Stephen King’s Pet Sematary: Inspiration through Grief


It feels redundant for me to start this brief piece by saying that Pet Sematary is a novel about death. It’s not through a high body count that Stephen King’s 1983 horror classic achieves this reputation (though there is one – you have been warned), but in how it spotlights different ways that those left behind react to it. Grief is as much a process of death as dying is, and King remembers this. What follows is a novel with all the potency, cruelty and sorrow needed to explain its long-lasting legacy.

For those unaware of the plot: a young married couple, Louis and Rachel Creed, alongside their two young children, relocate to an idyllic Maine home. They soon adjust to their new lives and bond with a friendly elderly neighbour, Jud Crandall. However, after the family cat is hit by a truck on the nearby highway, Crandall reveals to Louis a sinister secret; in the nearby woods, an ancient burial ground lies – one which for generations the locals have used to bring their pets back from the dead – though not as they once were.

Let’s hope the Creed’s young toddler stays away from that busy road…

King relates his small cast to the central theme, making each one display a different perspective throughout the novel. Rachel lives in fear of even mentioning death due to childhood trauma. Louis’ job as a doctor has desensitized him to the prospect. Their oldest child, Ellie, displays curiosity, whereas the elderly Jud awaits for it like an old friend. A universality is gained as we ask ourselves which point of view is closest to our own and whether any are correct, though they are all proven insufficient by the novel’s bloody conclusion.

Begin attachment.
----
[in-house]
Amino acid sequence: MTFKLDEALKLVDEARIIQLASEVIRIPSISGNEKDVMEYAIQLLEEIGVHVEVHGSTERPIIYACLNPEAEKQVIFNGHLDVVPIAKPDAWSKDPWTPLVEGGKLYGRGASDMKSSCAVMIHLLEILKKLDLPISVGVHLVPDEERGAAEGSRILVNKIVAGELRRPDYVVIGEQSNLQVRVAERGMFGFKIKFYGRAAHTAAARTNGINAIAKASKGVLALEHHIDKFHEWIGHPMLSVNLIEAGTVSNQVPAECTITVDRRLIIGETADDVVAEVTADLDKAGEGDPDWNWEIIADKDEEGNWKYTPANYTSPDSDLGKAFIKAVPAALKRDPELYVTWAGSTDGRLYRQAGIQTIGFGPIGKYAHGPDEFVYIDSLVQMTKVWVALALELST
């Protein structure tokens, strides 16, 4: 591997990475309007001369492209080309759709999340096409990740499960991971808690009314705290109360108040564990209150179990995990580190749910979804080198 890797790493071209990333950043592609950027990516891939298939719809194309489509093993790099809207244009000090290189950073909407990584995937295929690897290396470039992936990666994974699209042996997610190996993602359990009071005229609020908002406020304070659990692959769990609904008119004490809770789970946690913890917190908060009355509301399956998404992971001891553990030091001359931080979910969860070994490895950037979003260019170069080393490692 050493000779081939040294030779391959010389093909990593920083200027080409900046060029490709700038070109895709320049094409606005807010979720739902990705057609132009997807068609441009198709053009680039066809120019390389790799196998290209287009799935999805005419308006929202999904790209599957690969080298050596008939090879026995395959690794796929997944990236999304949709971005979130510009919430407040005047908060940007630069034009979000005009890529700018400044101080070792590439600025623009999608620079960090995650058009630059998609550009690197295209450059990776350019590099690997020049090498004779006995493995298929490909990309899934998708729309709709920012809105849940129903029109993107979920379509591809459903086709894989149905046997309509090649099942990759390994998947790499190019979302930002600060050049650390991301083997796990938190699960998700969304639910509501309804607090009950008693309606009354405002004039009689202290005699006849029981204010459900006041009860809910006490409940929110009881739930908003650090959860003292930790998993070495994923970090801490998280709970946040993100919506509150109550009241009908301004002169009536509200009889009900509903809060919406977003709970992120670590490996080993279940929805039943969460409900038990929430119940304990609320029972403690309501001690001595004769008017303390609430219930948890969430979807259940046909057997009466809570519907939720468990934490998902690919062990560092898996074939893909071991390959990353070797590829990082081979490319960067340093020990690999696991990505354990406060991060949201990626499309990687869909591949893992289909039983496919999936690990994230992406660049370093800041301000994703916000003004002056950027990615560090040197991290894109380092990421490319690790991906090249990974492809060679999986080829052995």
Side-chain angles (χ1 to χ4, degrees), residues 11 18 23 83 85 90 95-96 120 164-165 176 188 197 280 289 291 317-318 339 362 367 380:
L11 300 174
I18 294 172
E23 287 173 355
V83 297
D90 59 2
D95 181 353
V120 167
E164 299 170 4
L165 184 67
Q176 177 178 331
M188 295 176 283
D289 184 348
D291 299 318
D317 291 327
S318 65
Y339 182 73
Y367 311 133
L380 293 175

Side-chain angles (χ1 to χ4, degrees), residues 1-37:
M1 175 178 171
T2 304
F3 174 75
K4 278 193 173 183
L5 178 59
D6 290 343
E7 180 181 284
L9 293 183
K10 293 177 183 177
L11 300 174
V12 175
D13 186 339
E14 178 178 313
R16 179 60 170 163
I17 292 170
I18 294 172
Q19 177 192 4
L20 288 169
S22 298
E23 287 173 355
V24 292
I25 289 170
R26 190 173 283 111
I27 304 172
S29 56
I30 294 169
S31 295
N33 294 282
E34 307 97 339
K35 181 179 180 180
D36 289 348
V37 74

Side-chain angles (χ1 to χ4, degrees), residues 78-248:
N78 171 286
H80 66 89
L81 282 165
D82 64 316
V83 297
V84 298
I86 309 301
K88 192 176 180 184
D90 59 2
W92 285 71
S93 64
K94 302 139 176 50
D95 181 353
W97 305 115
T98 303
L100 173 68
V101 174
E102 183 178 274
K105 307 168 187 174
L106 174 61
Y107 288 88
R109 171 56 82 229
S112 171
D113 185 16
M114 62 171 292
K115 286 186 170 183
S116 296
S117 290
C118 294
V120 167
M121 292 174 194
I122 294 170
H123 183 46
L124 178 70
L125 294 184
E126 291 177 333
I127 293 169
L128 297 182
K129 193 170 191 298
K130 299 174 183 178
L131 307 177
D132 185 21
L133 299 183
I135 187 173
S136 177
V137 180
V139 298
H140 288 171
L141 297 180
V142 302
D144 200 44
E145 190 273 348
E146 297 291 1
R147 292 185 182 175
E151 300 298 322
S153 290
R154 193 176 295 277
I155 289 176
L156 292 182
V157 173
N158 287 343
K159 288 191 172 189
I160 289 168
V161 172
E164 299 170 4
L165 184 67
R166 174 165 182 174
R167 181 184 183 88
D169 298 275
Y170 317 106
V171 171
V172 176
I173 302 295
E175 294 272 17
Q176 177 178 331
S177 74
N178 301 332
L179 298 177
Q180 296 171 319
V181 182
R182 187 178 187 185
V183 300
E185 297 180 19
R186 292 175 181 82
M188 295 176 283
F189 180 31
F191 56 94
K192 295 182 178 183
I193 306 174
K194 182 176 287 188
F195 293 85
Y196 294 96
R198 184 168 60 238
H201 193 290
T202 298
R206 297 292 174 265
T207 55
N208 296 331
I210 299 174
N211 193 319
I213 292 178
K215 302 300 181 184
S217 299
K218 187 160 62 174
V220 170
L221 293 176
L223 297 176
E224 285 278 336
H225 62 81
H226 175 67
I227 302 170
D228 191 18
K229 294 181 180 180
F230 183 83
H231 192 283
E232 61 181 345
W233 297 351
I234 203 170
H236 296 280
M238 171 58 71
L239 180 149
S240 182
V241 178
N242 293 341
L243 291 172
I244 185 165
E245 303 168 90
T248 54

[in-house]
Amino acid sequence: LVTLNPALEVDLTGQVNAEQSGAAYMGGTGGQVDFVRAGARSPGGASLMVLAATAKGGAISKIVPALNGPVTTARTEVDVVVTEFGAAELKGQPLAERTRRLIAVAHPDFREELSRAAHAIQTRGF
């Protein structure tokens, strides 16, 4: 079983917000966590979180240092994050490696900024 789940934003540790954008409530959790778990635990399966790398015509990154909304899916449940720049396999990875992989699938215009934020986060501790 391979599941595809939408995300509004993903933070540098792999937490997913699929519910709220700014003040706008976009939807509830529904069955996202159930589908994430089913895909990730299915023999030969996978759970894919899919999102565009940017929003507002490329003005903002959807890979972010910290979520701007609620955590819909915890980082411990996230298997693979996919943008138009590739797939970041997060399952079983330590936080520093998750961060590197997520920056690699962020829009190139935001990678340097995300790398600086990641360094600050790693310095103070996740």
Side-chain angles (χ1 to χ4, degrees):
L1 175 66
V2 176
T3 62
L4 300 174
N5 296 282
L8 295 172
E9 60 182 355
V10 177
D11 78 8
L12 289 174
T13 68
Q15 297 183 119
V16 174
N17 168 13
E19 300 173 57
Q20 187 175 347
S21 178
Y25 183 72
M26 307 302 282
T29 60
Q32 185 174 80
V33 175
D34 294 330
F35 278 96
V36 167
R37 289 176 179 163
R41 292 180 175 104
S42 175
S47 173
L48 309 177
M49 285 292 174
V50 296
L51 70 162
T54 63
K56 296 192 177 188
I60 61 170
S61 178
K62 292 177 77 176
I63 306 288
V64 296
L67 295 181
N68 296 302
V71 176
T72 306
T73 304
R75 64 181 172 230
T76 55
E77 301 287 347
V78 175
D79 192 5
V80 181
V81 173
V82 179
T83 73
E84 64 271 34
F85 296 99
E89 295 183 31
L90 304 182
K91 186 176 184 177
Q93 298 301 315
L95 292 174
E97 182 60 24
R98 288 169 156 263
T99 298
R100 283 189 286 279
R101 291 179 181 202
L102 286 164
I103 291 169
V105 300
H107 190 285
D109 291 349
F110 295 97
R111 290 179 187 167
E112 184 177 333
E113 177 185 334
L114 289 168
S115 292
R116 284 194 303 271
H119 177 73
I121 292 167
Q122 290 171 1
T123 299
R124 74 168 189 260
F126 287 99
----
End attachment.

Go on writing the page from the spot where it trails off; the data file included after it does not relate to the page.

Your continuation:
What gives readers such a guttural response to the narrative is its sense of intimacy. Compared to King’s other famous works, which can reach over a thousand pages with a cast of characters in the hundreds, Pet Sematary feels like a chamber piece. The story is a scant 460 pages, rarely straying from the Creed household. Most of the novel is time spent with the family as they live, argue, reconcile, love, and grieve. Until the harrowing final act, the supernatural elements linger in the background; by then, we are so invested that when death truly enters the picture it hits us like a sledgehammer.

These elements intertwine, giving the text a simple but excruciating quandary: what would we do if, like Louis Creed, we could bring a loved one back from the grave? As King follows this premise to its cruelest, most inevitable conclusion, I found myself shivering with dread as tears rolled down my cheeks – a visceral emotional reaction, unlike any other.

Of all King’s novels, few are as nasty as this. Salem’s Lot and The Shining have the feeling of a classic ghost story, and It, for all its Lovecraftian clown action, is about good vanquishing evil, but Pet Sematary is bleak, really bleak. Through forces beyond their control, and an inability to move on, the Creed family is brought to a point where even death proves no respite.

This bleakness for me is where Pet Sematary inspires; if anything can be learned from this story, it’s that no one escapes death. It can strike us at any time. It is important that we treasure every moment of life we have and never let the dead take precedence over the living. Either that, or we should just never visit Maine; spooky stuff happens there.

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